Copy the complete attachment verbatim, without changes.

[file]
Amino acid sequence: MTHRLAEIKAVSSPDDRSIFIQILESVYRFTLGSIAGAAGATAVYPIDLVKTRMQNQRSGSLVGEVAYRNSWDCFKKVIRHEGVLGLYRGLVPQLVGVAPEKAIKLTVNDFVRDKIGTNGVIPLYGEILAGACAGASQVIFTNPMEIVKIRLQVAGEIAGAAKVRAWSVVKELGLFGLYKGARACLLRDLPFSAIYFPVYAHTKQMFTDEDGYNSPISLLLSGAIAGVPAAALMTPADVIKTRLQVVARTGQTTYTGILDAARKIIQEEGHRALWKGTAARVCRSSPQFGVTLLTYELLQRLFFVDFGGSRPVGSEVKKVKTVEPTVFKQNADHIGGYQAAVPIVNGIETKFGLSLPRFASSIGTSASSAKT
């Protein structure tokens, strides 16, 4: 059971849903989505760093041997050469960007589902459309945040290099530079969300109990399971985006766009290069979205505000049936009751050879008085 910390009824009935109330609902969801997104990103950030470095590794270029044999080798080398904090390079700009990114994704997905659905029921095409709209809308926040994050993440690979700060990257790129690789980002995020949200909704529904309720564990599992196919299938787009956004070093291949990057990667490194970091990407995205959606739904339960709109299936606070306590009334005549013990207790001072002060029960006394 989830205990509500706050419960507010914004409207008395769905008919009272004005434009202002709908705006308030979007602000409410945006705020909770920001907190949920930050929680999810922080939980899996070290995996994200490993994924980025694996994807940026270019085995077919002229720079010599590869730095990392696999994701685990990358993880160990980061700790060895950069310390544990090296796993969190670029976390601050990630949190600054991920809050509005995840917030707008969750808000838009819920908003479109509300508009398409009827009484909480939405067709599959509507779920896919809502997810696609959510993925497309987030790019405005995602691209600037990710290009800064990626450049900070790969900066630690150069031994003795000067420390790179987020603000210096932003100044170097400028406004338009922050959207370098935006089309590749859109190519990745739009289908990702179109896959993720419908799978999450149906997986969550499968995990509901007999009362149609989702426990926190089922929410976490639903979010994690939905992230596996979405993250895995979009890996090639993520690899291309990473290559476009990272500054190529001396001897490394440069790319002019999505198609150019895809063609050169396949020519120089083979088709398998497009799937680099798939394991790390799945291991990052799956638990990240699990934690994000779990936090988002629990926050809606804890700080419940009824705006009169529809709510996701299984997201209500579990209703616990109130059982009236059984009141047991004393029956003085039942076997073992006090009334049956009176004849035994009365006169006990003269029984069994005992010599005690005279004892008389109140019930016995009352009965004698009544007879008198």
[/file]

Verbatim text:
Amino acid sequence: MTHRLAEIKAVSSPDDRSIFIQILESVYRFTLGSIAGAAGATAVYPIDLVKTRMQNQRSGSLVGEVAYRNSWDCFKKVIRHEGVLGLYRGLVPQLVGVAPEKAIKLTVNDFVRDKIGTNGVIPLYGEILAGACAGASQVIFTNPMEIVKIRLQVAGEIAGAAKVRAWSVVKELGLFGLYKGARACLLRDLPFSAIYFPVYAHTKQMFTDEDGYNSPISLLLSGAIAGVPAAALMTPADVIKTRLQVVARTGQTTYTGILDAARKIIQEEGHRALWKGTAARVCRSSPQFGVTLLTYELLQRLFFVDFGGSRPVGSEVKKVKTVEPTVFKQNADHIGGYQAAVPIVNGIETKFGLSLPRFASSIGTSASSAKT
């Protein structure tokens, strides 16, 4: 059971849903989505760093041997050469960007589902459309945040290099530079969300109990399971985006766009290069979205505000049936009751050879008085 910390009824009935109330609902969801997104990103950030470095590794270029044999080798080398904090390079700009990114994704997905659905029921095409709209809308926040994050993440690979700060990257790129690789980002995020949200909704529904309720564990599992196919299938787009956004070093291949990057990667490194970091990407995205959606739904339960709109299936606070306590009334005549013990207790001072002060029960006394 989830205990509500706050419960507010914004409207008395769905008919009272004005434009202002709908705006308030979007602000409410945006705020909770920001907190949920930050929680999810922080939980899996070290995996994200490993994924980025694996994807940026270019085995077919002229720079010599590869730095990392696999994701685990990358993880160990980061700790060895950069310390544990090296796993969190670029976390601050990630949190600054991920809050509005995840917030707008969750808000838009819920908003479109509300508009398409009827009484909480939405067709599959509507779920896919809502997810696609959510993925497309987030790019405005995602691209600037990710290009800064990626450049900070790969900066630690150069031994003795000067420390790179987020603000210096932003100044170097400028406004338009922050959207370098935006089309590749859109190519990745739009289908990702179109896959993720419908799978999450149906997986969550499968995990509901007999009362149609989702426990926190089922929410976490639903979010994690939905992230596996979405993250895995979009890996090639993520690899291309990473290559476009990272500054190529001396001897490394440069790319002019999505198609150019895809063609050169396949020519120089083979088709398998497009799937680099798939394991790390799945291991990052799956638990990240699990934690994000779990936090988002629990926050809606804890700080419940009824705006009169529809709510996701299984997201209500579990209703616990109130059982009236059984009141047991004393029956003085039942076997073992006090009334049956009176004849035994009365006169006990003269029984069994005992010599005690005279004892008389109140019930016995009352009965004698009544007879008198």